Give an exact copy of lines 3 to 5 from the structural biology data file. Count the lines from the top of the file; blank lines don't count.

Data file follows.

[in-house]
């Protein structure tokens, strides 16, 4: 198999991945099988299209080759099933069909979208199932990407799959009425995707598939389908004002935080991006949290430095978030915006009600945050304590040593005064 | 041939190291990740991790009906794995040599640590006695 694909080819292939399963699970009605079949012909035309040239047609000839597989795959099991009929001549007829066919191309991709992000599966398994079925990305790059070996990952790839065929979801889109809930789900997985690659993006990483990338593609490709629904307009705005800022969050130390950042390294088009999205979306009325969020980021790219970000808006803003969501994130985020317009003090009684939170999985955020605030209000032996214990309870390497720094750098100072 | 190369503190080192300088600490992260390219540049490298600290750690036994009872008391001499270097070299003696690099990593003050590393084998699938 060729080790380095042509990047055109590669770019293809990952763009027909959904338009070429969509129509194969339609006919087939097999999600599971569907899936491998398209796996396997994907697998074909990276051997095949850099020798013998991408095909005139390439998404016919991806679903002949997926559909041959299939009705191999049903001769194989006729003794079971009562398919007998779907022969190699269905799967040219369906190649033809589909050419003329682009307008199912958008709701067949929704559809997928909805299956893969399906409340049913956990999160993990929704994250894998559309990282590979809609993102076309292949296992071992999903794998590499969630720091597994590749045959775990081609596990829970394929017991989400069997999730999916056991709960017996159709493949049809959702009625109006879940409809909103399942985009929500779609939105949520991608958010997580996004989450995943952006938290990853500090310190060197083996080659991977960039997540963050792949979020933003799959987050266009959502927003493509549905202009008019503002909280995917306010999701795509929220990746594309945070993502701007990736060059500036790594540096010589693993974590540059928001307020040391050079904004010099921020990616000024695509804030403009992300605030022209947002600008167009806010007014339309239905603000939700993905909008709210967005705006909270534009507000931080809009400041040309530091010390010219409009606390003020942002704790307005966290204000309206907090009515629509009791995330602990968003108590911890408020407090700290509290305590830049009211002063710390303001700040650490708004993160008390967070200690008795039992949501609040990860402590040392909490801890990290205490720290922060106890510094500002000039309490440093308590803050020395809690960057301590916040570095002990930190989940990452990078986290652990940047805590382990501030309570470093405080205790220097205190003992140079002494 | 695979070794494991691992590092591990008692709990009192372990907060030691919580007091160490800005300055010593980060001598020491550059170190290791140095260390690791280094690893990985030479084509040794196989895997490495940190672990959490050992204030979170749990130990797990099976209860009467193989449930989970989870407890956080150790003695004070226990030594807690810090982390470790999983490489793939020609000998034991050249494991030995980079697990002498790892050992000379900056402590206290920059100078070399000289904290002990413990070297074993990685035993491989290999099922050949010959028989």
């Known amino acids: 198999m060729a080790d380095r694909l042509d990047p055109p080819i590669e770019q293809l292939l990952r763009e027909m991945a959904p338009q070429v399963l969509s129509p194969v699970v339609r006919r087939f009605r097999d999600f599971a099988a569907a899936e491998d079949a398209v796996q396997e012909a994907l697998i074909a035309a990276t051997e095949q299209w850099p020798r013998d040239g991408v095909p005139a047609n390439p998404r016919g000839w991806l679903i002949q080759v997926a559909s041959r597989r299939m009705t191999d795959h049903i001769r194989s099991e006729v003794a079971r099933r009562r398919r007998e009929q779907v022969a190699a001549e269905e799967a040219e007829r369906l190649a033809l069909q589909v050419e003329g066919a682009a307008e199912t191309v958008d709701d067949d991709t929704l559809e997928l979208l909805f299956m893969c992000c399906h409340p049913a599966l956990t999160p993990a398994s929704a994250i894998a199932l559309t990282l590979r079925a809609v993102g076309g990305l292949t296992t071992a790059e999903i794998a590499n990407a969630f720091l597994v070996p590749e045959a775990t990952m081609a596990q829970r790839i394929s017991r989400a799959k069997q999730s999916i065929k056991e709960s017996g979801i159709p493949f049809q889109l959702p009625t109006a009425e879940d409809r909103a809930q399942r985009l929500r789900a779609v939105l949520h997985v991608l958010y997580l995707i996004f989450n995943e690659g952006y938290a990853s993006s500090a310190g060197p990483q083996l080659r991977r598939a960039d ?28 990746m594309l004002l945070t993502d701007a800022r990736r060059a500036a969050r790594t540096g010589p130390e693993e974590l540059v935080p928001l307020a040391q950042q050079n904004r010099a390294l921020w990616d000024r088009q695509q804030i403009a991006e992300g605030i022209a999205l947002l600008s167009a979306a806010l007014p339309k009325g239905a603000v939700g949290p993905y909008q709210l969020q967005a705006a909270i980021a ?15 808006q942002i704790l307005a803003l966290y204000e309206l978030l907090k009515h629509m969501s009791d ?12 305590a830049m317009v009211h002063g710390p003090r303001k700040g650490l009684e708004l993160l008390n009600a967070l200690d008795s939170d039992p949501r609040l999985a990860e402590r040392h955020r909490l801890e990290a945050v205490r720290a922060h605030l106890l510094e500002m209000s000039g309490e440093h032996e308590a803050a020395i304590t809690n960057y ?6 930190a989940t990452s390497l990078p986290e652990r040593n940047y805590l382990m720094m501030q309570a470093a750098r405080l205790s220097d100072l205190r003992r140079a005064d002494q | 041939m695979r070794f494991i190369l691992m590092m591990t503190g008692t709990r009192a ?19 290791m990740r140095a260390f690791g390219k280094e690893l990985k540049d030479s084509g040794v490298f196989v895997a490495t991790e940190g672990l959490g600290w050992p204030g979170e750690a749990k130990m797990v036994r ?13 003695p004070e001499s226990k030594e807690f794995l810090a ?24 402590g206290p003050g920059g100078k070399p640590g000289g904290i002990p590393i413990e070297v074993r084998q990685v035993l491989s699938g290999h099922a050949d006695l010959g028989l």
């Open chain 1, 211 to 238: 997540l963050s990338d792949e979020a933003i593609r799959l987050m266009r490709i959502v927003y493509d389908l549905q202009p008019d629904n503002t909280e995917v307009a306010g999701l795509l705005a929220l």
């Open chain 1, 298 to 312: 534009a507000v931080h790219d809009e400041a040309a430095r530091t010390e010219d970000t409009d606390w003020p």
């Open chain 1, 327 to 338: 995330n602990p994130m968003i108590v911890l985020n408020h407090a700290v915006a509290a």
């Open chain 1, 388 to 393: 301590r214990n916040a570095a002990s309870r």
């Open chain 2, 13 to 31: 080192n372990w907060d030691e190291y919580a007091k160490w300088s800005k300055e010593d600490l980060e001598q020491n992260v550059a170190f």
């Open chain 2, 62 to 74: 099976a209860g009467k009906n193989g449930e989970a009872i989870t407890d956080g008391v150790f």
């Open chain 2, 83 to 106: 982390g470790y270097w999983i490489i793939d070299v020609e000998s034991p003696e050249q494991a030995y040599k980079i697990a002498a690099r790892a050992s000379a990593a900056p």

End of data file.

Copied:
């Known amino acids: 198999m060729a080790d380095r694909l042509d990047p055109p080819i590669e770019q293809l292939l990952r763009e027909m991945a959904p338009q070429v399963l969509s129509p194969v699970v339609r006919r087939f009605r097999d999600f599971a099988a569907a899936e491998d079949a398209v796996q396997e012909a994907l697998i074909a035309a990276t051997e095949q299209w850099p020798r013998d040239g991408v095909p005139a047609n390439p998404r016919g000839w991806l679903i002949q080759v997926a559909s041959r597989r299939m009705t191999d795959h049903i001769r194989s099991e006729v003794a079971r099933r009562r398919r007998e009929q779907v022969a190699a001549e269905e799967a040219e007829r369906l190649a033809l069909q589909v050419e003329g066919a682009a307008e199912t191309v958008d709701d067949d991709t929704l559809e997928l979208l909805f299956m893969c992000c399906h409340p049913a599966l956990t999160p993990a398994s929704a994250i894998a199932l559309t990282l590979r079925a809609v993102g076309g990305l292949t296992t071992a790059e999903i794998a590499n990407a969630f720091l597994v070996p590749e045959a775990t990952m081609a596990q829970r790839i394929s017991r989400a799959k069997q999730s999916i065929k056991e709960s017996g979801i159709p493949f049809q889109l959702p009625t109006a009425e879940d409809r909103a809930q399942r985009l929500r789900a779609v939105l949520h997985v991608l958010y997580l995707i996004f989450n995943e690659g952006y938290a990853s993006s500090a310190g060197p990483q083996l080659r991977r598939a960039d ?28 990746m594309l004002l945070t993502d701007a800022r990736r060059a500036a969050r790594t540096g010589p130390e693993e974590l540059v935080p928001l307020a040391q950042q050079n904004r010099a390294l921020w990616d000024r088009q695509q804030i403009a991006e992300g605030i022209a999205l947002l600008s167009a979306a806010l007014p339309k009325g239905a603000v939700g949290p993905y909008q709210l969020q967005a705006a909270i980021a ?15 808006q942002i704790l307005a803003l966290y204000e309206l978030l907090k009515h629509m969501s009791d ?12 305590a830049m317009v009211h002063g710390p003090r303001k700040g650490l009684e708004l993160l008390n009600a967070l200690d008795s939170d039992p949501r609040l999985a990860e402590r040392h955020r909490l801890e990290a945050v205490r720290a922060h605030l106890l510094e500002m209000s000039g309490e440093h032996e308590a803050a020395i304590t809690n960057y ?6 930190a989940t990452s390497l990078p986290e652990r040593n940047y805590l382990m720094m501030q309570a470093a750098r405080l205790s220097d100072l205190r003992r140079a005064d002494q | 041939m695979r070794f494991i190369l691992m590092m591990t503190g008692t709990r009192a ?19 290791m990740r140095a260390f690791g390219k280094e690893l990985k540049d030479s084509g040794v490298f196989v895997a490495t991790e940190g672990l959490g600290w050992p204030g979170e750690a749990k130990m797990v036994r ?13 003695p004070e001499s226990k030594e807690f794995l810090a ?24 402590g206290p003050g920059g100078k070399p640590g000289g904290i002990p590393i413990e070297v074993r084998q990685v035993l491989s699938g290999h099922a050949d006695l010959g028989l």
């Open chain 1, 211 to 238: 997540l963050s990338d792949e979020a933003i593609r799959l987050m266009r490709i959502v927003y493509d389908l549905q202009p008019d629904n503002t909280e995917v307009a306010g999701l795509l705005a929220l």
């Open chain 1, 298 to 312: 534009a507000v931080h790219d809009e400041a040309a430095r530091t010390e010219d970000t409009d606390w003020p």